Glossary for Glass and Glazing terms
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A wearing, grinding or rubbing away by friction.
The inherent ability of a coating or substrate to resist degradation or destruction by friction.
The process of decorating glass, which involves the application of hydrofluoric acid to the glass surface.
See acid etching
The ability of coatings to adhere one to another.
The ability of a coating film to maintain its internal integrity without separating or layering.
Attachment of a coating film to a surface by molecular attraction without altering the coated surface.
An elongated bubble in glass.
To control the residual stresses in glass by controlled heating at, and cooling from, a suitable temperature.
Technical definition of the stress condition of ordinary glass.
Process designed to eliminate or limit stresses to glass by submitting the glass to strictly controlled cooling in a special oven known as a ‘lehr’.
Temperature at which the viscosity of the glass is approximately 1013 poises. At the annealing point of glass, internal stresses are substantially relieved in a matter of minutes.
A type of security glazing designed to resist manual attack and to delay access to the protected space for a short period of time.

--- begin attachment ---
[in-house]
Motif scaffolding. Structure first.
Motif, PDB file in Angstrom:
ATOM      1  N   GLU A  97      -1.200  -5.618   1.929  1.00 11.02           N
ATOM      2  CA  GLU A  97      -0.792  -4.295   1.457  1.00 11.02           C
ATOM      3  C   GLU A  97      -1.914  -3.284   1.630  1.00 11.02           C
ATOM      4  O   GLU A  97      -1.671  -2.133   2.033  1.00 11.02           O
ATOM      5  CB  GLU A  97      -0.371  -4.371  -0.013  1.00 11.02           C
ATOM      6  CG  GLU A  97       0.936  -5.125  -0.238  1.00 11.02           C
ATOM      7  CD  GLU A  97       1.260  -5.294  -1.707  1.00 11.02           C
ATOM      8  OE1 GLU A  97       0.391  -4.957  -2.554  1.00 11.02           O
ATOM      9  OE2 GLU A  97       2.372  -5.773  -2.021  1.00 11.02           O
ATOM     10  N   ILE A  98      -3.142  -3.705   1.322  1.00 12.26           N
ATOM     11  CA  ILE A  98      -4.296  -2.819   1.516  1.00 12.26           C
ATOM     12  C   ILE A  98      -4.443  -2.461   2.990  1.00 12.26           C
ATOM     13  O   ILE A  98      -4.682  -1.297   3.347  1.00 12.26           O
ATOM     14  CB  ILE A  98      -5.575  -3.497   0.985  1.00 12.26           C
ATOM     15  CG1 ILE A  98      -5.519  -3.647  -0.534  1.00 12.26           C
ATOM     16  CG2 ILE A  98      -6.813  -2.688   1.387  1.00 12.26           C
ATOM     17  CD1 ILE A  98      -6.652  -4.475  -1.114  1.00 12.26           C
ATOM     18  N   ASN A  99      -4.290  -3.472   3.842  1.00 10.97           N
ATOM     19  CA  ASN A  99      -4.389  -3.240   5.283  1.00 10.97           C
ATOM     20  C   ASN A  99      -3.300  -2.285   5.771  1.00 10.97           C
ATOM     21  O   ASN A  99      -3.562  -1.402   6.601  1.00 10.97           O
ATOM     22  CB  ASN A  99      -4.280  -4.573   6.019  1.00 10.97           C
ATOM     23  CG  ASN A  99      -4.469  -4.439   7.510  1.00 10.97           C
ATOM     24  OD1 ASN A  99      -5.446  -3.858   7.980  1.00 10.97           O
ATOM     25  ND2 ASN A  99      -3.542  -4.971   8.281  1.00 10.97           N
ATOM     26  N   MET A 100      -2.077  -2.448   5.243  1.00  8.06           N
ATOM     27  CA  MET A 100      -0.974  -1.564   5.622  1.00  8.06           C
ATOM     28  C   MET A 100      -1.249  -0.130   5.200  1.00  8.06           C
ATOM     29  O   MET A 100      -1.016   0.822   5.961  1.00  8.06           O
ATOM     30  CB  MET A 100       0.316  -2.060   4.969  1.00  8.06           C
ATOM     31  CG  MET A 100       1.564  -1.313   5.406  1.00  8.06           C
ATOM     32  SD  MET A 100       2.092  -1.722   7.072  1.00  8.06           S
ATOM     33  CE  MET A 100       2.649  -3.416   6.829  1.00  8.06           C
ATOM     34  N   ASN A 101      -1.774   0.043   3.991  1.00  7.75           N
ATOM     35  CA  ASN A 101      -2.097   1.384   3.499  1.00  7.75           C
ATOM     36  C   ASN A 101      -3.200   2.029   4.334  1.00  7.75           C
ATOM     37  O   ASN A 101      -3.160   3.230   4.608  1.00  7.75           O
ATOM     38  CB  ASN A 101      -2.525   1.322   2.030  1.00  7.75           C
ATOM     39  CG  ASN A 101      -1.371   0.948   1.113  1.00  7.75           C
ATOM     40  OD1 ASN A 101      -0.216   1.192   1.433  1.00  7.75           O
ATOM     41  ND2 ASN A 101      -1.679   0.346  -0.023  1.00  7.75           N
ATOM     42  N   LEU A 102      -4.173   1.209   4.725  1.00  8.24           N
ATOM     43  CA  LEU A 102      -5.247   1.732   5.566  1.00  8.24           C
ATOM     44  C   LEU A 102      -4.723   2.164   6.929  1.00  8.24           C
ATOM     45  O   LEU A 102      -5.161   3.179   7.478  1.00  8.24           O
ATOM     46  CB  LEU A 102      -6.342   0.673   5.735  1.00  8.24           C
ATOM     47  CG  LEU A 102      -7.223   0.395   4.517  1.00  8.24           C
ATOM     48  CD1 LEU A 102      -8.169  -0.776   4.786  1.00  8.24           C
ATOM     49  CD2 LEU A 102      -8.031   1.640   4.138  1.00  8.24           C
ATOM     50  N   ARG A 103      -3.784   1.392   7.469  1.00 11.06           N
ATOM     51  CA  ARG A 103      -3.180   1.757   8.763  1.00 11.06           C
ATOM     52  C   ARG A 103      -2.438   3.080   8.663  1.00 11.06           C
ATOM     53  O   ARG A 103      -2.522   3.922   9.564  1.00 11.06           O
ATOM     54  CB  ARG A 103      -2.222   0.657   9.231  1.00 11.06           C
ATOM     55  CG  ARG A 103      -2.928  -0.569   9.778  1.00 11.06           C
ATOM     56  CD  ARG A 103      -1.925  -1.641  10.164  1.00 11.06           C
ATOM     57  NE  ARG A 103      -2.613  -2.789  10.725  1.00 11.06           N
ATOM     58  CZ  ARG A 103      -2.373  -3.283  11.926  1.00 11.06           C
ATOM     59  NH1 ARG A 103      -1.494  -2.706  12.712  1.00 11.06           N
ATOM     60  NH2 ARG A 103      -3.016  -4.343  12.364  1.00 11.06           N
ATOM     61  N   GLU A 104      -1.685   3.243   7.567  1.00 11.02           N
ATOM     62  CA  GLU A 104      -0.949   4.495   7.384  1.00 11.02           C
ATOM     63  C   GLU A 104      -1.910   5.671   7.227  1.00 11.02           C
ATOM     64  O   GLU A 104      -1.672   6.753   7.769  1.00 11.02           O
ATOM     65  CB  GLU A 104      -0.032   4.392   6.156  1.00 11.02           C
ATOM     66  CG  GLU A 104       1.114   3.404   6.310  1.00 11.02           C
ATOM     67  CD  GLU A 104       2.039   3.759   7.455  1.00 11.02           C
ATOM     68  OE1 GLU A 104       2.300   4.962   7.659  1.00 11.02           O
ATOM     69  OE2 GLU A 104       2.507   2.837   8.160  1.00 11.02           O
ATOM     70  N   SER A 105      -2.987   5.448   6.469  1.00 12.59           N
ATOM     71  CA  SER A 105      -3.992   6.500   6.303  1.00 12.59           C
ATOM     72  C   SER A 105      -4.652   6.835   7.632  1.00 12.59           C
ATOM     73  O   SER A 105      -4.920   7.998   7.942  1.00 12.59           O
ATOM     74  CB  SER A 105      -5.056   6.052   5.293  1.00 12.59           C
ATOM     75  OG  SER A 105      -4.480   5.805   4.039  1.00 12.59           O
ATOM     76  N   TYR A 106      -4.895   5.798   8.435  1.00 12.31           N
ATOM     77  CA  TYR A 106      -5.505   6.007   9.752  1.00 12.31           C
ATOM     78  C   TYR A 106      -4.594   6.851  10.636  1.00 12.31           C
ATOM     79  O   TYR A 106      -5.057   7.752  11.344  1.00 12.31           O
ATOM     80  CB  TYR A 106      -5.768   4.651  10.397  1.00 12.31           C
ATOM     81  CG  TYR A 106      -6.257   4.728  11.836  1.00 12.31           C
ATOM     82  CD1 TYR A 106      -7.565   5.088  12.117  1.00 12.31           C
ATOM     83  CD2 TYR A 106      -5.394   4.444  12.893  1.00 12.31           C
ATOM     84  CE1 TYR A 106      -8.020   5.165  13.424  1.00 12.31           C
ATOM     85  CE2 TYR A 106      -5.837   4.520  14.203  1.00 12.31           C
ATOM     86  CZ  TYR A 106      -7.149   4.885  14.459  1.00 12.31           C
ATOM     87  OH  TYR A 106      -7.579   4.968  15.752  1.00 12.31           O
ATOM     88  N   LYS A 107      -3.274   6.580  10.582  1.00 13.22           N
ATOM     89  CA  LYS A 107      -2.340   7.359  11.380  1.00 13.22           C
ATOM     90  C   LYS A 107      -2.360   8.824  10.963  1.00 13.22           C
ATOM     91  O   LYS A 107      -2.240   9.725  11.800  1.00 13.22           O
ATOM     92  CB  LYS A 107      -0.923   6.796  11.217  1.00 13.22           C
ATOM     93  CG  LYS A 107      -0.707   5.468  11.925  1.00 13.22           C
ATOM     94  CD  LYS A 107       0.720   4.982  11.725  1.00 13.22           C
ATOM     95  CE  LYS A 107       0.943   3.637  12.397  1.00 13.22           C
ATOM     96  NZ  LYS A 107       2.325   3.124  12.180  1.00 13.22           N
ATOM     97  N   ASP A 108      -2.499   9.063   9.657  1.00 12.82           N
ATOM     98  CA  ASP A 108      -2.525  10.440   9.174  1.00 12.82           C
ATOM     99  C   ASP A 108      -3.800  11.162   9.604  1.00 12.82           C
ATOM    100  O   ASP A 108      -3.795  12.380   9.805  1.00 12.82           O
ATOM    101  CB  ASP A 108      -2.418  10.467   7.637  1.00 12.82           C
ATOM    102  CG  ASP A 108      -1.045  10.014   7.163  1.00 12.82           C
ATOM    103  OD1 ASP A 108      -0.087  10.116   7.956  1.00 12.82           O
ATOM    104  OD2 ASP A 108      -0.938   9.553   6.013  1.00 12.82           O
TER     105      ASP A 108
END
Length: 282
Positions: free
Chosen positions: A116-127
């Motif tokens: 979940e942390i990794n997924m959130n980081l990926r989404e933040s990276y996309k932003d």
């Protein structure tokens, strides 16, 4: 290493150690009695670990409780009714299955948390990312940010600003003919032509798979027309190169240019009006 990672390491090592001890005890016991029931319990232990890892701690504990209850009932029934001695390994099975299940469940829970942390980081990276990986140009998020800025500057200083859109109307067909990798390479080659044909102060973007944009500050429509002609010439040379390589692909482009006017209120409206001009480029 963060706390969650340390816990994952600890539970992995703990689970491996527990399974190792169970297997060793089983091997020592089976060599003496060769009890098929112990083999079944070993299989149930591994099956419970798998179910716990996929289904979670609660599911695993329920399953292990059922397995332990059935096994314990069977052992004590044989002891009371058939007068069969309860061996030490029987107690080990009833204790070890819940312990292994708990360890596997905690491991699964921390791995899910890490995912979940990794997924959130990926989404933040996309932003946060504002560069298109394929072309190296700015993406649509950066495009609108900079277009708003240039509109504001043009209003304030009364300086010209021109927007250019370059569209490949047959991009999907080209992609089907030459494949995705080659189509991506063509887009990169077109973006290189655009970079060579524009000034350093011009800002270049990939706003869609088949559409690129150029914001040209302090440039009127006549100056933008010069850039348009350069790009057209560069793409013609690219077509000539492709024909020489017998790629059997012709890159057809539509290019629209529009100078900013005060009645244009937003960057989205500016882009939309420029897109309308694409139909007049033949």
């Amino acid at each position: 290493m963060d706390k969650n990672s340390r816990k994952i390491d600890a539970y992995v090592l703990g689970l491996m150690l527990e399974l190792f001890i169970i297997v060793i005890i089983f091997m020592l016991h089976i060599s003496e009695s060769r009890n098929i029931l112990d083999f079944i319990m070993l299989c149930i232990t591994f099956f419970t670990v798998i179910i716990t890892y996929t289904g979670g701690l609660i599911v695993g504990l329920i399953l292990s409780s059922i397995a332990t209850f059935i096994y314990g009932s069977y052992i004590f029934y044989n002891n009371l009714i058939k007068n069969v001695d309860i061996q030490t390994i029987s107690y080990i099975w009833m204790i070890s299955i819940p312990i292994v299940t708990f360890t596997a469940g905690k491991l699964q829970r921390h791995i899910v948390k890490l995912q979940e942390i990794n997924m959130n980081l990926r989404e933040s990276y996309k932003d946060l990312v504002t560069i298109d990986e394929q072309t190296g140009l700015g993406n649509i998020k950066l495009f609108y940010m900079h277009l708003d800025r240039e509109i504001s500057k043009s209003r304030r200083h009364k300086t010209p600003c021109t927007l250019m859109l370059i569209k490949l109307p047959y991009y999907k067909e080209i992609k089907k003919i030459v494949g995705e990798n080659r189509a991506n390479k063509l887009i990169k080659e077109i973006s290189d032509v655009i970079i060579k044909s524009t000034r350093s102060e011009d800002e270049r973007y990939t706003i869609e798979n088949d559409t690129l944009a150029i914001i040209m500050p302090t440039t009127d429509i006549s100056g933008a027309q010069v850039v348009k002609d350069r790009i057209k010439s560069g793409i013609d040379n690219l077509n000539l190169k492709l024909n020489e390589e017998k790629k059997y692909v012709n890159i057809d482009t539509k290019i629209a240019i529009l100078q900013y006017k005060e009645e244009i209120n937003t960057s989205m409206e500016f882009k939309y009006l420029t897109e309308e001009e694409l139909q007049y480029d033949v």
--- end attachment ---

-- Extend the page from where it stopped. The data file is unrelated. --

See edge blocks
Glass with an uneven surface texture and bubbles inside, produced by using antique methods in order to obtain the appearance of glass made before the development of industrial processes.
Period of time during which a sealant can be effectively applied to a joint. The timing is from completion of mixing and could be affected by temperature, humidity or a combination of both.
The result of removing sharp edges.
A design developed primarily for reproduction.
The ratio of the longer side of a panel to its shorter side.
Material is asymmetric when it is composite and some of the components are of different thicknesses.
A vessel that allows materials to be subjected to a cycle of controlled temperature and/or pressure. Such a vessel may be used to bond glass and other laminates.
Space between the surface of the glass and the back of the rebate.
See glazing compound
That portion of the compound remaining between the back of the rebate and glass after the glass has been pressed into position in the bedding putty.
A material placed into a joint, primarily to control the depth of the sealant and to prevent adhesion at the base of the sealant bead.
A vertical member supporting a handrail and forming part of a balustrade.
A series of balusters supporting a handrail or coping at the open side of a stair, ramp, elevated platform, landing, balcony, parapet, or bridge.
A surface defect that looks like hammered metal. Unless very heavy, it usually cannot be seen by the naked eye, although it can be clearly seen on the shadowgraph.
A strip of wood, metal, sealant or other suitable material secured to the rebate to retain the glass. Also known as glazing bead or sealant bead.
bed or bedding
The glazing material used to seal between the glass and frame/bead.
bedding or stop
In glazing, the application of compound at the base of the channel, just before the stop is placed in position, or buttered (see buttering) on the inside face of the stop.
The process of manufacturing bent glass.